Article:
Why? Because although the sugar in that candy bar may be natural, its price is entirely artificial–depending, as it does, on government trade barriers, price supports and subsidized water, as well as the fact that the sugar industry is paying only a fraction of the costs of cleaning up pollution in the Everglades.
Put simply, crony capitalism is alive and well in the sugar business.
“The sugar industry doesn’t make its money from agriculture,” declares David Guest, a lawyer with Earthjustice and an outspoken critic of Big Sugar. “They make it from government.”
That’s an exaggeration, of course. The Florida industry grows lots of sugar, invests hundreds of millions of dollars in new equipment and employs thousands of people, as I learned last week during a day-long tour of the Lake Okeechobee region of south Florida, as part of the Society of Environmental Journalists conference in Miami. We met Guest from Earthjustice (“because the earth needs a good lawyer”), officials from Florida water agencies and the Army Corps of Engineers, an Audubon society biologist and, most interestingly, Judy Sanchez, senior director of public affairs for the U.S. Sugar Corp.
U.S. Sugar and Florida Crystals, which is owned by Fanjul family — once described by Time magazine as the “First Family of Corporate Welfare” — are the two biggest producers of sugar in south Florida. U.S. Sugar produces about 700,000 tons of sugar a year, about 8% of U.S. production. Sugar comes from sugar beets grown in the upper midwest, gives the industry political muscle from Miami to Minnesota.
Sugarcane is, for the most part, an environmentally-friendly crop. It’s a perennial that requires little in the way of fertilizers and pesticide. When pest controls are needed, they are usually natural, such as owls that are encouraged to nest in the fields because they can eat up to 1,000 times their weight in rodents each year. No part of the plant is wasted–leaves and stalks are burned to generate the electricity that powers the sugar refinery.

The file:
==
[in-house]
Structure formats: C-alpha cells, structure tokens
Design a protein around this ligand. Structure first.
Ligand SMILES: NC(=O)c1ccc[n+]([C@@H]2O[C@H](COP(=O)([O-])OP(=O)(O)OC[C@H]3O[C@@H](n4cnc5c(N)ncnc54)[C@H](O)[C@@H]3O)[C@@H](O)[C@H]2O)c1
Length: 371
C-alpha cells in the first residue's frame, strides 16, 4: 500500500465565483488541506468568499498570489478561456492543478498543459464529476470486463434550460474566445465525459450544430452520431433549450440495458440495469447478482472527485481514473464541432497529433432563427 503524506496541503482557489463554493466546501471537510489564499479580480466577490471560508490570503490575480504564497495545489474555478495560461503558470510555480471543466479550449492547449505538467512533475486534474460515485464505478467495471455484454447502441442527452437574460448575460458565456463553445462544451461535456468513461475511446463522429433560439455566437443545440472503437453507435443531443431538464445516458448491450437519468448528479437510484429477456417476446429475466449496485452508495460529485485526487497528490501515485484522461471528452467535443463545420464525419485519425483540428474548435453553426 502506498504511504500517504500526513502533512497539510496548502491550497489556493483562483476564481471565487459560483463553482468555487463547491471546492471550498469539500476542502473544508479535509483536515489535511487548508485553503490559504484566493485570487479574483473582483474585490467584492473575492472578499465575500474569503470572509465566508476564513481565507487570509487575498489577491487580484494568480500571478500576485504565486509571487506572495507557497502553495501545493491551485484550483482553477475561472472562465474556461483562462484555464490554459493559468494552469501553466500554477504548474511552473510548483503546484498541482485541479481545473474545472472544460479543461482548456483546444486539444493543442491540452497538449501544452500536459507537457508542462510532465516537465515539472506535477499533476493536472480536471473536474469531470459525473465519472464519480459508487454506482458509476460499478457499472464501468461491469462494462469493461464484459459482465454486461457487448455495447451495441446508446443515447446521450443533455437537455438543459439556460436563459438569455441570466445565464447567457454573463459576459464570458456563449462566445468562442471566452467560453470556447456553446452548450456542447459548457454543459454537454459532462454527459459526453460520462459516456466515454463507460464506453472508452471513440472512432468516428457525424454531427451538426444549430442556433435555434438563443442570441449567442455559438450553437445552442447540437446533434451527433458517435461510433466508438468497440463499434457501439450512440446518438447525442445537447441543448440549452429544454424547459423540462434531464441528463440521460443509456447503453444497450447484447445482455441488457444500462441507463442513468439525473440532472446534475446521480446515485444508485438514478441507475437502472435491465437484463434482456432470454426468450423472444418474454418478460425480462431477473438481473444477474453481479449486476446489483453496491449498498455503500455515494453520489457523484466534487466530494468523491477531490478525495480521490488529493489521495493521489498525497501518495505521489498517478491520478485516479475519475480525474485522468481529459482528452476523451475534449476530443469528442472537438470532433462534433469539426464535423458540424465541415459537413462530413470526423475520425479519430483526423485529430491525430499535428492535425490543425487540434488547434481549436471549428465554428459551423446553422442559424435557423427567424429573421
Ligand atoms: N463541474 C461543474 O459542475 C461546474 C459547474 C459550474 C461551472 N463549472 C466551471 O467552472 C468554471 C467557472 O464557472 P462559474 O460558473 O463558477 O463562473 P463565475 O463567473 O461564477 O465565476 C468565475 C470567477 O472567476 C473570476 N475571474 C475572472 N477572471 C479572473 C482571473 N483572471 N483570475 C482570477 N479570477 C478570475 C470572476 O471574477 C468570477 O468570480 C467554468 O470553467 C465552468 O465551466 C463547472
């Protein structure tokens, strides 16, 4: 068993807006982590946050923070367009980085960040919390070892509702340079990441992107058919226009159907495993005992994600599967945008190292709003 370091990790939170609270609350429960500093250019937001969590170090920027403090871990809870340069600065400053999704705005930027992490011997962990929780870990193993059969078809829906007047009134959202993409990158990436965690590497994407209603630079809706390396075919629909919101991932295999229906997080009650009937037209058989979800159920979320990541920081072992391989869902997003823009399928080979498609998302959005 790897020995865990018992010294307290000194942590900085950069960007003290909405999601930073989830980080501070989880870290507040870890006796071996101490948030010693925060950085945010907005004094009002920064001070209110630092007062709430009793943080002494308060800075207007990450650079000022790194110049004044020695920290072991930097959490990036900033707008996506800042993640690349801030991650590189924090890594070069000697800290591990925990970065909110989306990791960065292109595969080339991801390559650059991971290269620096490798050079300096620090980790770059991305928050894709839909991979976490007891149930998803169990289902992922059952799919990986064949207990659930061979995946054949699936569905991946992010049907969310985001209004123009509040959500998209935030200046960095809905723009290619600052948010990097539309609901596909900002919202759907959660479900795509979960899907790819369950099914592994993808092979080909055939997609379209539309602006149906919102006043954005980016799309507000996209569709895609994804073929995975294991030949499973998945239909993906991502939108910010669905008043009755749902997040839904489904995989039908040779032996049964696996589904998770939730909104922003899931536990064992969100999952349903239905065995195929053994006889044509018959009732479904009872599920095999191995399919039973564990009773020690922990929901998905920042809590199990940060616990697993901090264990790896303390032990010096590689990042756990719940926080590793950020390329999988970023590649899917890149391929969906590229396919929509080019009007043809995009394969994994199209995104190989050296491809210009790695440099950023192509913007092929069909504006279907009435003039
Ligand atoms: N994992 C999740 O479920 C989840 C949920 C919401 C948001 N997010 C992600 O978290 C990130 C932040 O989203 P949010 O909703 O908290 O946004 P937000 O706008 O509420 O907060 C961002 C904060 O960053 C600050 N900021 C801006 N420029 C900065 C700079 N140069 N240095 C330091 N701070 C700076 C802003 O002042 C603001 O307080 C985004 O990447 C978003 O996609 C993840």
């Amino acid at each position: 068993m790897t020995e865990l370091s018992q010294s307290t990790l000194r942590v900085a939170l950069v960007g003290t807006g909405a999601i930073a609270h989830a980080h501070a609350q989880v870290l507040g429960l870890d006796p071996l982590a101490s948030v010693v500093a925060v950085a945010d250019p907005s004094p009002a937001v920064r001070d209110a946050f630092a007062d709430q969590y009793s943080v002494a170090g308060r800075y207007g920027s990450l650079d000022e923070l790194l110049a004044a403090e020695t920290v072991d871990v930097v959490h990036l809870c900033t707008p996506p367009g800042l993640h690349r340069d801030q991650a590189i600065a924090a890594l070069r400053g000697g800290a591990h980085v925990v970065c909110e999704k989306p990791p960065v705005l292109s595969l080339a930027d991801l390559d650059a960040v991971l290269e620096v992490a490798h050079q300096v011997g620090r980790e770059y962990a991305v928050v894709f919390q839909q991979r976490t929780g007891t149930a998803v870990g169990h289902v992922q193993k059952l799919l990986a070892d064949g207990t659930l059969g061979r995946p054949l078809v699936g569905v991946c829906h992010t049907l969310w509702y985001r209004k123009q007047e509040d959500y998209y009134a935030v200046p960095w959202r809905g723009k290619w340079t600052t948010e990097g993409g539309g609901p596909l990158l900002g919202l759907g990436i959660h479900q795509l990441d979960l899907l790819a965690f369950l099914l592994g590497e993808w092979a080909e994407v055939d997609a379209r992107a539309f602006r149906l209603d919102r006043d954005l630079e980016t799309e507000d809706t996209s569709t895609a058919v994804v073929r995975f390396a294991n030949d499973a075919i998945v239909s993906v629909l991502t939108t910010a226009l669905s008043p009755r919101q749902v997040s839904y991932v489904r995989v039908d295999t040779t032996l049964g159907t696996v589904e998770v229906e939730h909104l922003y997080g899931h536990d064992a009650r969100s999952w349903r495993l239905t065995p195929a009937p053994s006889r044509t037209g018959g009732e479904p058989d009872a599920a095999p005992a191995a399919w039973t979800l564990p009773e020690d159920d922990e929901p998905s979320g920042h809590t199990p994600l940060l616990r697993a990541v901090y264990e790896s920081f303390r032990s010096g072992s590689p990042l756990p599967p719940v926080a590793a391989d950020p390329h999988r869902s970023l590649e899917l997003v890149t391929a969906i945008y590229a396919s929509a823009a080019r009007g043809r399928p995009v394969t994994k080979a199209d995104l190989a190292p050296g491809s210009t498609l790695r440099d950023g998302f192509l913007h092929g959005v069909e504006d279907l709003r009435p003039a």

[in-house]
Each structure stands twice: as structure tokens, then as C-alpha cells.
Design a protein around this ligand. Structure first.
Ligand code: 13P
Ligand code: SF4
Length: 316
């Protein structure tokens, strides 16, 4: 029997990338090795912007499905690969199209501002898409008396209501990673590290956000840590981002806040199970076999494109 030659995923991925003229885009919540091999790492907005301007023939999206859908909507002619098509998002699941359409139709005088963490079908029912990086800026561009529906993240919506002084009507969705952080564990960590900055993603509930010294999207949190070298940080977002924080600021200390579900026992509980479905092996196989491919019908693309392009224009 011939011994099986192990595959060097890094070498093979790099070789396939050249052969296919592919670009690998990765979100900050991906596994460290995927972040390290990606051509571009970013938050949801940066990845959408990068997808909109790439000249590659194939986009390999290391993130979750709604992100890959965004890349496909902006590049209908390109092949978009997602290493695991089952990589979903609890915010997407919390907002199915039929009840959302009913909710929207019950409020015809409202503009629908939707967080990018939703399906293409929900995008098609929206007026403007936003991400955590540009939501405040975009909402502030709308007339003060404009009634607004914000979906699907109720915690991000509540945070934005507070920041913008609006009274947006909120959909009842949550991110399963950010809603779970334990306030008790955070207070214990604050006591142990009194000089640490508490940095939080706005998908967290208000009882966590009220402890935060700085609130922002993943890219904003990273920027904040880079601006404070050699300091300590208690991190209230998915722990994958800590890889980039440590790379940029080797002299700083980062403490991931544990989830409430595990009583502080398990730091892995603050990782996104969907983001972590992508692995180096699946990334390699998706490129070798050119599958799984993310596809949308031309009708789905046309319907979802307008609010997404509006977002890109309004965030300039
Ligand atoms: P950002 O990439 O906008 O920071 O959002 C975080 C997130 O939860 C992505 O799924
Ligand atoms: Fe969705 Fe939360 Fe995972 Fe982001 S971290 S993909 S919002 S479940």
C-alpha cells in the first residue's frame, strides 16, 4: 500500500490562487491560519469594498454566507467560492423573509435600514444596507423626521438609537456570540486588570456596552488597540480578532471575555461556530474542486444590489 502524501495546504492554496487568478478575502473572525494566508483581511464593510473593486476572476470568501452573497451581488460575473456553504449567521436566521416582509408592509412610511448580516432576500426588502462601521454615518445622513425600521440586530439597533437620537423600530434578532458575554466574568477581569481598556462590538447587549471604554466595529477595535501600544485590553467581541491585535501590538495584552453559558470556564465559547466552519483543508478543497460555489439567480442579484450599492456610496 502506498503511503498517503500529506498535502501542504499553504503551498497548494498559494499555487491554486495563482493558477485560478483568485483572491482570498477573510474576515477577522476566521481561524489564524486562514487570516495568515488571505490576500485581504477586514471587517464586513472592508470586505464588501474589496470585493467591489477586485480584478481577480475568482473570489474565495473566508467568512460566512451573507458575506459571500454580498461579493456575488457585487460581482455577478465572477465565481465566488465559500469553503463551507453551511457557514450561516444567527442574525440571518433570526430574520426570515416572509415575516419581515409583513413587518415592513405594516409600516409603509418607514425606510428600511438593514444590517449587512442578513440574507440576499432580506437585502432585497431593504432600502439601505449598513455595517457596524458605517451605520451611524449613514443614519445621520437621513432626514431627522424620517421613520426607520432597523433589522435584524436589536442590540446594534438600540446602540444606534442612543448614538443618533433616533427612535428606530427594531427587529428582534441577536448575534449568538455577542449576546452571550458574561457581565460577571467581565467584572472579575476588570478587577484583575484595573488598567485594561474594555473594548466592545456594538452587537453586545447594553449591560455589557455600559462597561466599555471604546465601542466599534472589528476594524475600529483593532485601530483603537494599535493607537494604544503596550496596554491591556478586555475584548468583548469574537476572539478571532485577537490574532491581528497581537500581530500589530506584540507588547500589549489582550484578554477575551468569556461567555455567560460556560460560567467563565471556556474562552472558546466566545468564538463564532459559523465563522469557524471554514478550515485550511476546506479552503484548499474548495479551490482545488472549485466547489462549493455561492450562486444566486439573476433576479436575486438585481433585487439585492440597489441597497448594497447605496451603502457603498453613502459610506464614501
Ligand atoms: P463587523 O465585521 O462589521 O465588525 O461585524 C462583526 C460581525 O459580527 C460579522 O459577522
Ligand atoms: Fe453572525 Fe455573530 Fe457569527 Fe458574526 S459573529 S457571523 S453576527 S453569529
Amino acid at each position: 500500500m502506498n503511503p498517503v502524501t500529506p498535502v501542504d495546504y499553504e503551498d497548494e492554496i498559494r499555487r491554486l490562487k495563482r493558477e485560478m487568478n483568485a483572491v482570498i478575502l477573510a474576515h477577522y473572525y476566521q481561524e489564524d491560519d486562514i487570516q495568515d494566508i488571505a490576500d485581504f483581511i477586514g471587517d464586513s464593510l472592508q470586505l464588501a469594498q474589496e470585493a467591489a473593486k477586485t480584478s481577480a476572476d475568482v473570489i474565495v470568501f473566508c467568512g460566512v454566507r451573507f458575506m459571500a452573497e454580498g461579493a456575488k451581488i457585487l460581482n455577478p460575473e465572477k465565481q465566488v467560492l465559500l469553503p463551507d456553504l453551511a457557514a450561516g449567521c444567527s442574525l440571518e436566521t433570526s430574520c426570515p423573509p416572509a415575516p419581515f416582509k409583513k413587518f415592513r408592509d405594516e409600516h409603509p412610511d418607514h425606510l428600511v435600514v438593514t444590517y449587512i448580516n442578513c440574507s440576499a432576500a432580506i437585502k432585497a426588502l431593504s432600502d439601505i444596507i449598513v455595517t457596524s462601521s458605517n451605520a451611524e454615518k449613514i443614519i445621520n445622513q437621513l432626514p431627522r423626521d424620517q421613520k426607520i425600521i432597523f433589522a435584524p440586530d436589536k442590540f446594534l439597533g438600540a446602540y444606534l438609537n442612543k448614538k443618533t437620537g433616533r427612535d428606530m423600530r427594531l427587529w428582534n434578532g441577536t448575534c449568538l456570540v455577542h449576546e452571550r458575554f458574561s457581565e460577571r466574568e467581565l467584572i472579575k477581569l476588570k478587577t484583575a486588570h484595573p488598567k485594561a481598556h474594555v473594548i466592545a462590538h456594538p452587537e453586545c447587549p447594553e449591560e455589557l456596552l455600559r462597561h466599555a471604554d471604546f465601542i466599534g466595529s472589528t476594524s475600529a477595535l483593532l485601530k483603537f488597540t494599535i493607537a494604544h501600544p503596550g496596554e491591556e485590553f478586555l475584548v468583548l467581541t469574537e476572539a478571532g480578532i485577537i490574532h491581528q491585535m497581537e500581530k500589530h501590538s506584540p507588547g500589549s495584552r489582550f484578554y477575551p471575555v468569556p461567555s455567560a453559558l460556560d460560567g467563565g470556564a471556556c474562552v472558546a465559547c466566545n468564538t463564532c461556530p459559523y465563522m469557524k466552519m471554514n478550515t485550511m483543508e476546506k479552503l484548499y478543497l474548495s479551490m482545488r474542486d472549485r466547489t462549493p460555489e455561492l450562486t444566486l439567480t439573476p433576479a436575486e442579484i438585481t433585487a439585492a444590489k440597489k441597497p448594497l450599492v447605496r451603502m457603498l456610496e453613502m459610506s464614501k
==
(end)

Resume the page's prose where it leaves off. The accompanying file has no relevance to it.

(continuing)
“Sugarcane needs basically two things–sunshine and rain,” Sanchez said. Florida has lots of both. So far, so good.
The trouble is, the rain is not evenly distributed throughout the year; it rains almost every day from June through October, and not much at all in the winter. During the dry season, farmers water for irrigation out of Lake Okeechobee to the north, after which the water flows south into the Everglades. As a result–and this is a simple summary of a complicated story, about which books have been written–the lake water contains high levels of phosphorus, a fertilizer, which threatens the Everglades, which are undergoing an $8 billion ecosystem restoration project, the largest in American history.
Sugar farmers, as part of the restoration plan, have been ordered to adopt best management practices to avoid the unnecessary use of fertilizers. On average, they have reduced the amount of phosphorus in their runoff by 55%, according to the South Florida Water Management District. But they’re still adding to the problem, and discharging water that needs extensive and expensive treatment.